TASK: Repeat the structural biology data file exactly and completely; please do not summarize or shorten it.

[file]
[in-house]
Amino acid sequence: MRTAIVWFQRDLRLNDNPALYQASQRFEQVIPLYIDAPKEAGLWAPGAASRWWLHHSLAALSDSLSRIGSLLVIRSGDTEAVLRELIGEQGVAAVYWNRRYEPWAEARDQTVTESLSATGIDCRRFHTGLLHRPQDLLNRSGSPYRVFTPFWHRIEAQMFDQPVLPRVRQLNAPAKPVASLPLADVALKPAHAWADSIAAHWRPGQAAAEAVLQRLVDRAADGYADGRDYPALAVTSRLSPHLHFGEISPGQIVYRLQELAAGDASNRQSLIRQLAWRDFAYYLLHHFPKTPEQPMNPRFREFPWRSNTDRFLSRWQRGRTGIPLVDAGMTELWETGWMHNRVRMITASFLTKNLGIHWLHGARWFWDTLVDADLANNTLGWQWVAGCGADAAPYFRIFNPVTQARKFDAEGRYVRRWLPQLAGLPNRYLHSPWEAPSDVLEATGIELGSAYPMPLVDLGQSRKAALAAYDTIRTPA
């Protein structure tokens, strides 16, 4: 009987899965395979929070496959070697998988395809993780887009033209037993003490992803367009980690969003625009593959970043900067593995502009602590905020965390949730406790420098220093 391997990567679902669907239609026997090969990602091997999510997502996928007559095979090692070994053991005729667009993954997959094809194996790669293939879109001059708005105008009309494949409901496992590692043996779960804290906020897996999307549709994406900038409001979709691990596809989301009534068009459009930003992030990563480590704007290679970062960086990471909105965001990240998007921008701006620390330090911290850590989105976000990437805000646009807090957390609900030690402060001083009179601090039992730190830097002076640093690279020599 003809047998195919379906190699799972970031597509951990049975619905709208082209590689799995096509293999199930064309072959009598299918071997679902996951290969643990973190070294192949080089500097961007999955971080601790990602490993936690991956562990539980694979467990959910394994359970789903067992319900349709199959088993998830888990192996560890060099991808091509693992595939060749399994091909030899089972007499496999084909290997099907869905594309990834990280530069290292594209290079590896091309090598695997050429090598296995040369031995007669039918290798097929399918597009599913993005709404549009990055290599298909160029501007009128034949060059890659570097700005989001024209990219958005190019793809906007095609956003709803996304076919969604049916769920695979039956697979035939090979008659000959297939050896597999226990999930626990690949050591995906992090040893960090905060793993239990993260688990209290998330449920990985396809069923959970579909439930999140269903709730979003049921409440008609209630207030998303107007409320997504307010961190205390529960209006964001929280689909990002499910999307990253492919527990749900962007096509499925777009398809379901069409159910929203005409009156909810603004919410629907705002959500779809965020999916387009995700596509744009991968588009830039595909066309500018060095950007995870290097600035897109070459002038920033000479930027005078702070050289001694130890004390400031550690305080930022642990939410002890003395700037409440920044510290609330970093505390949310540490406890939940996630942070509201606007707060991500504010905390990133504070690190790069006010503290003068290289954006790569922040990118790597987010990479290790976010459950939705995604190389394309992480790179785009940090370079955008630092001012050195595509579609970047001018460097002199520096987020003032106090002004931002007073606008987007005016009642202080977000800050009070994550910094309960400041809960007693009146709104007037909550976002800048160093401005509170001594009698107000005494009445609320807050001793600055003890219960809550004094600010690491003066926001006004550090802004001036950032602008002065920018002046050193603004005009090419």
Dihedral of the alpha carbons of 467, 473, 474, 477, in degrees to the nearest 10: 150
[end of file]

[in-house]
Amino acid sequence: MRTAIVWFQRDLRLNDNPALYQASQRFEQVIPLYIDAPKEAGLWAPGAASRWWLHHSLAALSDSLSRIGSLLVIRSGDTEAVLRELIGEQGVAAVYWNRRYEPWAEARDQTVTESLSATGIDCRRFHTGLLHRPQDLLNRSGSPYRVFTPFWHRIEAQMFDQPVLPRVRQLNAPAKPVASLPLADVALKPAHAWADSIAAHWRPGQAAAEAVLQRLVDRAADGYADGRDYPALAVTSRLSPHLHFGEISPGQIVYRLQELAAGDASNRQSLIRQLAWRDFAYYLLHHFPKTPEQPMNPRFREFPWRSNTDRFLSRWQRGRTGIPLVDAGMTELWETGWMHNRVRMITASFLTKNLGIHWLHGARWFWDTLVDADLANNTLGWQWVAGCGADAAPYFRIFNPVTQARKFDAEGRYVRRWLPQLAGLPNRYLHSPWEAPSDVLEATGIELGSAYPMPLVDLGQSRKAALAAYDTIRTPA
């Protein structure tokens, strides 16, 4: 009987899965395979929070496959070697998988395809993780887009033209037993003490992803367009980690969003625009593959970043900067593995502009602590905020965390949730406790420098220093 391997990567679902669907239609026997090969990602091997999510997502996928007559095979090692070994053991005729667009993954997959094809194996790669293939879109001059708005105008009309494949409901496992590692043996779960804290906020897996999307549709994406900038409001979709691990596809989301009534068009459009930003992030990563480590704007290679970062960086990471909105965001990240998007921008701006620390330090911290850590989105976000990437805000646009807090957390609900030690402060001083009179601090039992730190830097002076640093690279020599 003809047998195919379906190699799972970031597509951990049975619905709208082209590689799995096509293999199930064309072959009598299918071997679902996951290969643990973190070294192949080089500097961007999955971080601790990602490993936690991956562990539980694979467990959910394994359970789903067992319900349709199959088993998830888990192996560890060099991808091509693992595939060749399994091909030899089972007499496999084909290997099907869905594309990834990280530069290292594209290079590896091309090598695997050429090598296995040369031995007669039918290798097929399918597009599913993005709404549009990055290599298909160029501007009128034949060059890659570097700005989001024209990219958005190019793809906007095609956003709803996304076919969604049916769920695979039956697979035939090979008659000959297939050896597999226990999930626990690949050591995906992090040893960090905060793993239990993260688990209290998330449920990985396809069923959970579909439930999140269903709730979003049921409440008609209630207030998303107007409320997504307010961190205390529960209006964001929280689909990002499910999307990253492919527990749900962007096509499925777009398809379901069409159910929203005409009156909810603004919410629907705002959500779809965020999916387009995700596509744009991968588009830039595909066309500018060095950007995870290097600035897109070459002038920033000479930027005078702070050289001694130890004390400031550690305080930022642990939410002890003395700037409440920044510290609330970093505390949310540490406890939940996630942070509201606007707060991500504010905390990133504070690190790069006010503290003068290289954006790569922040990118790597987010990479290790976010459950939705995604190389394309992480790179785009940090370079955008630092001012050195595509579609970047001018460097002199520096987020003032106090002004931002007073606008987007005016009642202080977000800050009070994550910094309960400041809960007693009146709104007037909550976002800048160093401005509170001594009698107000005494009445609320807050001793600055003890219960809550004094600010690491003066926001006004550090802004001036950032602008002065920018002046050193603004005009090419």
Dihedral of the alpha carbons of 467, 473, 474, 477, in degrees to the nearest 10: 150